found this article here…
We’ve all had plenty of experience with safety meetings. We’ve
attended many, and some of us have led many. While some of these meetings have
been highly effective, many — maybe most — have not been effective at all.
recently completed a round of safety training sessions for a large industrial
company. I asked the supervisors, lead men, and safety coordinators in each
session to give me their best estimate of the percentage of safety meetings
they’ve experienced over the years that were, in their judgment, really
effective. Estimates ranged from a high of 75 percent down to five percent, with
the average response being well less than 50 percent.
This is troubling
news. This company in question is a benchmark organization with a good safety
record and a commitment to protecting its employees and anyone else on site.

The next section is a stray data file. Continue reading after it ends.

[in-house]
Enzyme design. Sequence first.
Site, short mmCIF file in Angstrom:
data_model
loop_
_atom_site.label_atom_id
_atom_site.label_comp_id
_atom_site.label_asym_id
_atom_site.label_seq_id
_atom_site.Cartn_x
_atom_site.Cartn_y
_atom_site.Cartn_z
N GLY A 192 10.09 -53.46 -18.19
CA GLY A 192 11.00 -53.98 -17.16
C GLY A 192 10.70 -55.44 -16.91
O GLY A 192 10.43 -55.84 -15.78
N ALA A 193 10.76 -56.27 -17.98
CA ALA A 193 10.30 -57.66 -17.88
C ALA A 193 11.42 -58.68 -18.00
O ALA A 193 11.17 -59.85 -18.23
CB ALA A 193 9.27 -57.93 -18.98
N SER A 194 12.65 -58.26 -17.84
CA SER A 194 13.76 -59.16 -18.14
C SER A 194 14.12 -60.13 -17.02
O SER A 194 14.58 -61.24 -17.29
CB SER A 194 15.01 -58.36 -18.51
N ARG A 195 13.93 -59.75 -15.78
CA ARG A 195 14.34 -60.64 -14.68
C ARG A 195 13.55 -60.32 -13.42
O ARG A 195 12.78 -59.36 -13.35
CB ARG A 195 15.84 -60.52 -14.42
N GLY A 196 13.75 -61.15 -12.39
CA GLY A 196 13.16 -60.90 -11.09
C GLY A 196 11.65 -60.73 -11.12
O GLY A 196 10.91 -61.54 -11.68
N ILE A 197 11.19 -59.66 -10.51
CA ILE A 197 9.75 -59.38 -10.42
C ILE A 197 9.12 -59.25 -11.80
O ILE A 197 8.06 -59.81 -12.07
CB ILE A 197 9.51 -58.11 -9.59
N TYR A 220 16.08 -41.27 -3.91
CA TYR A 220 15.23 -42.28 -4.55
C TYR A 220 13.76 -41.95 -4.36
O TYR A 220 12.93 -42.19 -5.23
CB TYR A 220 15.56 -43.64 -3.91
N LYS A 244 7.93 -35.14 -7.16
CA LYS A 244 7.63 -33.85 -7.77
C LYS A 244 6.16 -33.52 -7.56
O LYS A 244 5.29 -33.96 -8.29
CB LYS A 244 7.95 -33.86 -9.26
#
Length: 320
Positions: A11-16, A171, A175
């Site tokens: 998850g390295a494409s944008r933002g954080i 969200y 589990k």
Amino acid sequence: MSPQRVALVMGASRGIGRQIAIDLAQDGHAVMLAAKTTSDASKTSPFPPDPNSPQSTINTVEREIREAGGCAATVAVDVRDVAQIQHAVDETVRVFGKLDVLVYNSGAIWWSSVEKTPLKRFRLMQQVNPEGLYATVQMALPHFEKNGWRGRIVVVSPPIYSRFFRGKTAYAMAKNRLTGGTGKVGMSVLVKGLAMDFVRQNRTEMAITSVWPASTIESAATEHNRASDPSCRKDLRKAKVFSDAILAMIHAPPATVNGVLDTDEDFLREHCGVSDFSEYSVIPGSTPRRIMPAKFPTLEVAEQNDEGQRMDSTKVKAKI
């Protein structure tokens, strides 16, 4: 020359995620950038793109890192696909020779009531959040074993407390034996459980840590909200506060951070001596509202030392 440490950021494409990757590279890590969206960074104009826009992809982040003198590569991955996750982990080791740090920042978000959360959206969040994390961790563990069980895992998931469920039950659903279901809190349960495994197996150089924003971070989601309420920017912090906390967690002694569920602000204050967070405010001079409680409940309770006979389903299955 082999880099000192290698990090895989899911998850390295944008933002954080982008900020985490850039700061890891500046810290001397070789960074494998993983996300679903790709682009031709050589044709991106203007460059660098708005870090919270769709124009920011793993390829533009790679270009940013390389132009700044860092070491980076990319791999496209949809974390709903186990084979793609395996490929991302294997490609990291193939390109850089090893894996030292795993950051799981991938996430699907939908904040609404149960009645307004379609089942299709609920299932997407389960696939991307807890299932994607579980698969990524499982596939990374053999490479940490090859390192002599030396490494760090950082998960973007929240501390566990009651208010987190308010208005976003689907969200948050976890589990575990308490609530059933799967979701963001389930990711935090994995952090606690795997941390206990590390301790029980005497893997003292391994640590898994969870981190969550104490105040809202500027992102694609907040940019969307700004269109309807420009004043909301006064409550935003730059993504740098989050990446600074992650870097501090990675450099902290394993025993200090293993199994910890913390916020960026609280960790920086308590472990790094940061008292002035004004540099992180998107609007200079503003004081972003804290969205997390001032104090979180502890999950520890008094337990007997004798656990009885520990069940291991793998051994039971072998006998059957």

Still, the overall perception was that the safety-dedicated, safety-focused,
“half-hour a week” training event did not even begin to accomplish its
I would wager employees in most other companies would respond
What’s the goal?
Whether meeting goals are identified
consciously or not, a safety meeting should activate safety awareness and safe
behavior on the part of every crew member. Meetings should encourage everyone
involved to watch out for and coach each other. For me, this is the core purpose
of a safety meeting.
But in a familiar worst-case scenario, a supervisor
simply reads a safety bulletin or an accident report from a regulatory body
database. Participants then sign a roster indicating they attended the meeting.
Then everyone gets back to work.
How can meetings be more effective?
The following seven
steps will enable leaders of safety meetings to get the most out of their
here to see the entire article…